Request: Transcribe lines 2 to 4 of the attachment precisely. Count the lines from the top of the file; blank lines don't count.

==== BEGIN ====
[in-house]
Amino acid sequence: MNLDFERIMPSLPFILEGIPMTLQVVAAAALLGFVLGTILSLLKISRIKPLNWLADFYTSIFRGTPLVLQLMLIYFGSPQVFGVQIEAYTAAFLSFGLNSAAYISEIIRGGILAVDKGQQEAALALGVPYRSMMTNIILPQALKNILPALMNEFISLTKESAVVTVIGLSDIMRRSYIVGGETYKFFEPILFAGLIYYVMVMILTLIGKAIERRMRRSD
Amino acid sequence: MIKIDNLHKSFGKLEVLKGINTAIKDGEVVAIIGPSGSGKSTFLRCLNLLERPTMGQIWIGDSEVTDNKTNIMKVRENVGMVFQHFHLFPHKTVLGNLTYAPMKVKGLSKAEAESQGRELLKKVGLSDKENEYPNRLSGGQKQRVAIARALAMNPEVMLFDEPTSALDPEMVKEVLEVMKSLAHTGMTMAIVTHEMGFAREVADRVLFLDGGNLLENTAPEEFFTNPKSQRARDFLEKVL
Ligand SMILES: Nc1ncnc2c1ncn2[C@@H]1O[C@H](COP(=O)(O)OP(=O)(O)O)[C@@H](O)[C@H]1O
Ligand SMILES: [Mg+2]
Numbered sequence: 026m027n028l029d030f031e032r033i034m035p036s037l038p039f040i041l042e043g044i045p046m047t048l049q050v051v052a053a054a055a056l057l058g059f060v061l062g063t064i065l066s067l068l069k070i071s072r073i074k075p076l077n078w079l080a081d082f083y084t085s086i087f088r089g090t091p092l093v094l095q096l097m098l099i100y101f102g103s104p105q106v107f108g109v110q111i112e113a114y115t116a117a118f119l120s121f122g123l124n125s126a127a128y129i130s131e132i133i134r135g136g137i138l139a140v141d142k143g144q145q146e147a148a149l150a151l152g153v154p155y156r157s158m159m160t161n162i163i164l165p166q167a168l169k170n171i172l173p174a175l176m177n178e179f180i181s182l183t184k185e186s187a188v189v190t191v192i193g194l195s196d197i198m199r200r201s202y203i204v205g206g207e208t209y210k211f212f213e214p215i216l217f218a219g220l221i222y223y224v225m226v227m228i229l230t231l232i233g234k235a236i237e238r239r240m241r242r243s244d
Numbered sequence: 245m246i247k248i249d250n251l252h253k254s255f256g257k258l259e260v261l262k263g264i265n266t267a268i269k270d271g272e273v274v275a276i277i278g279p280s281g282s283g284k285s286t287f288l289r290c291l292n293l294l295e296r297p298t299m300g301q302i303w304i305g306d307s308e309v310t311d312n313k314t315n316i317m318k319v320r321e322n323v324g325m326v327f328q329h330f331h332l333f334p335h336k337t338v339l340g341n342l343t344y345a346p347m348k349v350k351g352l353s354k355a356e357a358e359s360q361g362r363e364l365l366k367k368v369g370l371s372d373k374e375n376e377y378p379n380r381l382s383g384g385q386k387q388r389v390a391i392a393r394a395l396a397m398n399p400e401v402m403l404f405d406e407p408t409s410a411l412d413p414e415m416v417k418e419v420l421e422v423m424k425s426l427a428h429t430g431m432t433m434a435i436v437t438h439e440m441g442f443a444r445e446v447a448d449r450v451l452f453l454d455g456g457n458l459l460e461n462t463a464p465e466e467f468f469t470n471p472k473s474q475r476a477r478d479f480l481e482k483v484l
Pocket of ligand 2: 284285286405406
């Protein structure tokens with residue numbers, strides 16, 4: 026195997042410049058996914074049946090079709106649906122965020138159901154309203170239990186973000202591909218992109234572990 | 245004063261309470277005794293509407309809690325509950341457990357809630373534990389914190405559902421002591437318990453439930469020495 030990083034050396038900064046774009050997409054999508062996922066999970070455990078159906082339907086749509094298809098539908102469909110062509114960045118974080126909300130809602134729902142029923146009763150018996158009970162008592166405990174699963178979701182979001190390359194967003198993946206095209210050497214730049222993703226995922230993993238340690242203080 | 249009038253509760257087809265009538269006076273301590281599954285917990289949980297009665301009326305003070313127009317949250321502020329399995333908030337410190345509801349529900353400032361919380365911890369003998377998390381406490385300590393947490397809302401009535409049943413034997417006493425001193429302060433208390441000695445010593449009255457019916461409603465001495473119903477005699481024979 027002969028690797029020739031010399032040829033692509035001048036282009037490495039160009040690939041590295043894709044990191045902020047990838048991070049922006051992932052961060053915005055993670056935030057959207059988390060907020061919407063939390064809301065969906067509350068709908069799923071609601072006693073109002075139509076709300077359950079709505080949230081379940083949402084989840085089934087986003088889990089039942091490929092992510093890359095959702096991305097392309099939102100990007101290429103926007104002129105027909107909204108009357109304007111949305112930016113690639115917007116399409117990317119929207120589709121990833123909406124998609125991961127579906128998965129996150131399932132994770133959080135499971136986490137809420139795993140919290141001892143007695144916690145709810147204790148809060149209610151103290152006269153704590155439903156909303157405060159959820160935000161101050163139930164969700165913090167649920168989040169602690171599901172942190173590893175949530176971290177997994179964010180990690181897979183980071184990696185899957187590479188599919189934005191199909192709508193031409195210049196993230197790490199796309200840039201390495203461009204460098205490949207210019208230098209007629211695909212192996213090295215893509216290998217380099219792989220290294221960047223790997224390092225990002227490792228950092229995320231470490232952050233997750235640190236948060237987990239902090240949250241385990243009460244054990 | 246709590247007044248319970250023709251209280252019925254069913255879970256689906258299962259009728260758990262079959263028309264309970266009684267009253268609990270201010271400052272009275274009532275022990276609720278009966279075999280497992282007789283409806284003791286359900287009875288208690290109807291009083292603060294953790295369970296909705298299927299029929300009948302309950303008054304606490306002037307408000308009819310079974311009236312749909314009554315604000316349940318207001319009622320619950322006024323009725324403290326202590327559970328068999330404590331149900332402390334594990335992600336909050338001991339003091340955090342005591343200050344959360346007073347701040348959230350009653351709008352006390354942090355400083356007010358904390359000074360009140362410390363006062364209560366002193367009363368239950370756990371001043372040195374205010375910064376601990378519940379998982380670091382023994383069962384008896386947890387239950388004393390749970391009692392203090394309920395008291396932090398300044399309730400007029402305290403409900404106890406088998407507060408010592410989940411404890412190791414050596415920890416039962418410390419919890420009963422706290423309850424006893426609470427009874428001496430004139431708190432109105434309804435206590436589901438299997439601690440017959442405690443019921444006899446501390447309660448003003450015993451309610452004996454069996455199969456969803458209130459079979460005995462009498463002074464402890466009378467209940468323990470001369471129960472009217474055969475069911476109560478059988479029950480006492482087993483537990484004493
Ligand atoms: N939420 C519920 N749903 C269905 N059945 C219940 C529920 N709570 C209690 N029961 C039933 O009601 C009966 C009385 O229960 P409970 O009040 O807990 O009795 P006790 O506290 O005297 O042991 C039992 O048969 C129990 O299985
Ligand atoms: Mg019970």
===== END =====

Amino acid sequence: MNLDFERIMPSLPFILEGIPMTLQVVAAAALLGFVLGTILSLLKISRIKPLNWLADFYTSIFRGTPLVLQLMLIYFGSPQVFGVQIEAYTAAFLSFGLNSAAYISEIIRGGILAVDKGQQEAALALGVPYRSMMTNIILPQALKNILPALMNEFISLTKESAVVTVIGLSDIMRRSYIVGGETYKFFEPILFAGLIYYVMVMILTLIGKAIERRMRRSD
Amino acid sequence: MIKIDNLHKSFGKLEVLKGINTAIKDGEVVAIIGPSGSGKSTFLRCLNLLERPTMGQIWIGDSEVTDNKTNIMKVRENVGMVFQHFHLFPHKTVLGNLTYAPMKVKGLSKAEAESQGRELLKKVGLSDKENEYPNRLSGGQKQRVAIARALAMNPEVMLFDEPTSALDPEMVKEVLEVMKSLAHTGMTMAIVTHEMGFAREVADRVLFLDGGNLLENTAPEEFFTNPKSQRARDFLEKVL
Ligand SMILES: Nc1ncnc2c1ncn2[C@@H]1O[C@H](COP(=O)(O)OP(=O)(O)O)[C@@H](O)[C@H]1O